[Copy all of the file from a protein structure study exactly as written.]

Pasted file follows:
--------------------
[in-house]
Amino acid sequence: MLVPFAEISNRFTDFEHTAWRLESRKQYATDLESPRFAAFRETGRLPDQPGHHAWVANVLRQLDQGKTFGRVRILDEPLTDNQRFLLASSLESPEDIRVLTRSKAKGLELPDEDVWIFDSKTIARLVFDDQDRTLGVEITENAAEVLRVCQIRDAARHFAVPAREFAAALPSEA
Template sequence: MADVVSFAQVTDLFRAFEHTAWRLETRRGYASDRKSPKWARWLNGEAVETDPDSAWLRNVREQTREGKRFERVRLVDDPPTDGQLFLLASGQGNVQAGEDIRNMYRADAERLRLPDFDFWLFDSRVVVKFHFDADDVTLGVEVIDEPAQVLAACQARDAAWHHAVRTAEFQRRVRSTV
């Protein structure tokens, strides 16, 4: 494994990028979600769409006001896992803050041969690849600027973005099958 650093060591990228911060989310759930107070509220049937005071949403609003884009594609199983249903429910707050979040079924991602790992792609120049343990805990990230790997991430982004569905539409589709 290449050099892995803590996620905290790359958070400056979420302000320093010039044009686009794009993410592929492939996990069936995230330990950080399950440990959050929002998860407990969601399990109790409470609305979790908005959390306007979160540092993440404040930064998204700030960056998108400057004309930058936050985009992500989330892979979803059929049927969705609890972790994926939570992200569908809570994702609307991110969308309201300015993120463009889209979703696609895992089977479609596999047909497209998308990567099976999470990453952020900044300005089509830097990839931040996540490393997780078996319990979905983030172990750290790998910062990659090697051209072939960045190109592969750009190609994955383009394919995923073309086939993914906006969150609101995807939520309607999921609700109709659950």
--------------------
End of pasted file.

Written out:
[in-house]
Amino acid sequence: MLVPFAEISNRFTDFEHTAWRLESRKQYATDLESPRFAAFRETGRLPDQPGHHAWVANVLRQLDQGKTFGRVRILDEPLTDNQRFLLASSLESPEDIRVLTRSKAKGLELPDEDVWIFDSKTIARLVFDDQDRTLGVEITENAAEVLRVCQIRDAARHFAVPAREFAAALPSEA
Template sequence: MADVVSFAQVTDLFRAFEHTAWRLETRRGYASDRKSPKWARWLNGEAVETDPDSAWLRNVREQTREGKRFERVRLVDDPPTDGQLFLLASGQGNVQAGEDIRNMYRADAERLRLPDFDFWLFDSRVVVKFHFDADDVTLGVEVIDEPAQVLAACQARDAAWHHAVRTAEFQRRVRSTV
């Protein structure tokens, strides 16, 4: 494994990028979600769409006001896992803050041969690849600027973005099958 650093060591990228911060989310759930107070509220049937005071949403609003884009594609199983249903429910707050979040079924991602790992792609120049343990805990990230790997991430982004569905539409589709 290449050099892995803590996620905290790359958070400056979420302000320093010039044009686009794009993410592929492939996990069936995230330990950080399950440990959050929002998860407990969601399990109790409470609305979790908005959390306007979160540092993440404040930064998204700030960056998108400057004309930058936050985009992500989330892979979803059929049927969705609890972790994926939570992200569908809570994702609307991110969308309201300015993120463009889209979703696609895992089977479609596999047909497209998308990567099976999470990453952020900044300005089509830097990839931040996540490393997780078996319990979905983030172990750290790998910062990659090697051209072939960045190109592969750009190609994955383009394919995923073309086939993914906006969150609101995807939520309607999921609700109709659950």